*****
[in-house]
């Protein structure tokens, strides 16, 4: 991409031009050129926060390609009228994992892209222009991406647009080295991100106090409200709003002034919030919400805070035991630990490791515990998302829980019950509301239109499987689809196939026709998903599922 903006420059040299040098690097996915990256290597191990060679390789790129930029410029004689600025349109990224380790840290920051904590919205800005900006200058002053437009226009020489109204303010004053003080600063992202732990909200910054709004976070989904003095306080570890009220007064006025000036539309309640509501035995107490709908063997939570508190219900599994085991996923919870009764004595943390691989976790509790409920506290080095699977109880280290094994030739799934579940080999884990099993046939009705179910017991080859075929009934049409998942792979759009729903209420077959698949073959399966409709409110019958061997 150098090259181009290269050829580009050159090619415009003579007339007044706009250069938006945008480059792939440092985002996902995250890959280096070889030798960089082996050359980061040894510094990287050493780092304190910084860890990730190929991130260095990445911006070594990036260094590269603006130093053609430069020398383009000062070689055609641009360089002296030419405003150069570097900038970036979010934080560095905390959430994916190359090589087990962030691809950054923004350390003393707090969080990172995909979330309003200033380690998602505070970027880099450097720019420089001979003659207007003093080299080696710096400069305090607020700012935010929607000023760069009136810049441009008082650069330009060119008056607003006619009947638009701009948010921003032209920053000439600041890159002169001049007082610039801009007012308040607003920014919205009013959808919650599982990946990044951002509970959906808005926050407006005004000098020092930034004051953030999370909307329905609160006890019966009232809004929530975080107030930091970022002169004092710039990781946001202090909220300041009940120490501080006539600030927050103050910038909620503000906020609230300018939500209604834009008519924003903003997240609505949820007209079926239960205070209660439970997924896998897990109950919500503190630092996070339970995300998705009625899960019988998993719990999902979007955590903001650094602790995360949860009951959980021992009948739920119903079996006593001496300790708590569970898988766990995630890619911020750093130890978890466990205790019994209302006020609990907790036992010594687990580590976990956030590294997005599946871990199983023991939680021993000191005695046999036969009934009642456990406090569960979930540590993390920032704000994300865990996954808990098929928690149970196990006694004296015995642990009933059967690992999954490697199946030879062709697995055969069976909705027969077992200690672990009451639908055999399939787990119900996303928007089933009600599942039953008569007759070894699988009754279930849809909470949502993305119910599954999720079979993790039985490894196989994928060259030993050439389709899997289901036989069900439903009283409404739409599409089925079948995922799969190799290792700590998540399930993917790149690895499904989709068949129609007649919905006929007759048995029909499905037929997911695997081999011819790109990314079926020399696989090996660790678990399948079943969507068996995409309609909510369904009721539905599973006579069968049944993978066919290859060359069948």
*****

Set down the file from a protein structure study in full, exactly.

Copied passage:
[in-house]
């Protein structure tokens, strides 16, 4: 991409031009050129926060390609009228994992892209222009991406647009080295991100106090409200709003002034919030919400805070035991630990490791515990998302829980019950509301239109499987689809196939026709998903599922 903006420059040299040098690097996915990256290597191990060679390789790129930029410029004689600025349109990224380790840290920051904590919205800005900006200058002053437009226009020489109204303010004053003080600063992202732990909200910054709004976070989904003095306080570890009220007064006025000036539309309640509501035995107490709908063997939570508190219900599994085991996923919870009764004595943390691989976790509790409920506290080095699977109880280290094994030739799934579940080999884990099993046939009705179910017991080859075929009934049409998942792979759009729903209420077959698949073959399966409709409110019958061997 150098090259181009290269050829580009050159090619415009003579007339007044706009250069938006945008480059792939440092985002996902995250890959280096070889030798960089082996050359980061040894510094990287050493780092304190910084860890990730190929991130260095990445911006070594990036260094590269603006130093053609430069020398383009000062070689055609641009360089002296030419405003150069570097900038970036979010934080560095905390959430994916190359090589087990962030691809950054923004350390003393707090969080990172995909979330309003200033380690998602505070970027880099450097720019420089001979003659207007003093080299080696710096400069305090607020700012935010929607000023760069009136810049441009008082650069330009060119008056607003006619009947638009701009948010921003032209920053000439600041890159002169001049007082610039801009007012308040607003920014919205009013959808919650599982990946990044951002509970959906808005926050407006005004000098020092930034004051953030999370909307329905609160006890019966009232809004929530975080107030930091970022002169004092710039990781946001202090909220300041009940120490501080006539600030927050103050910038909620503000906020609230300018939500209604834009008519924003903003997240609505949820007209079926239960205070209660439970997924896998897990109950919500503190630092996070339970995300998705009625899960019988998993719990999902979007955590903001650094602790995360949860009951959980021992009948739920119903079996006593001496300790708590569970898988766990995630890619911020750093130890978890466990205790019994209302006020609990907790036992010594687990580590976990956030590294997005599946871990199983023991939680021993000191005695046999036969009934009642456990406090569960979930540590993390920032704000994300865990996954808990098929928690149970196990006694004296015995642990009933059967690992999954490697199946030879062709697995055969069976909705027969077992200690672990009451639908055999399939787990119900996303928007089933009600599942039953008569007759070894699988009754279930849809909470949502993305119910599954999720079979993790039985490894196989994928060259030993050439389709899997289901036989069900439903009283409404739409599409089925079948995922799969190799290792700590998540399930993917790149690895499904989709068949129609007649919905006929007759048995029909499905037929997911695997081999011819790109990314079926020399696989090996660790678990399948079943969507068996995409309609909510369904009721539905599973006579069968049944993978066919290859060359069948």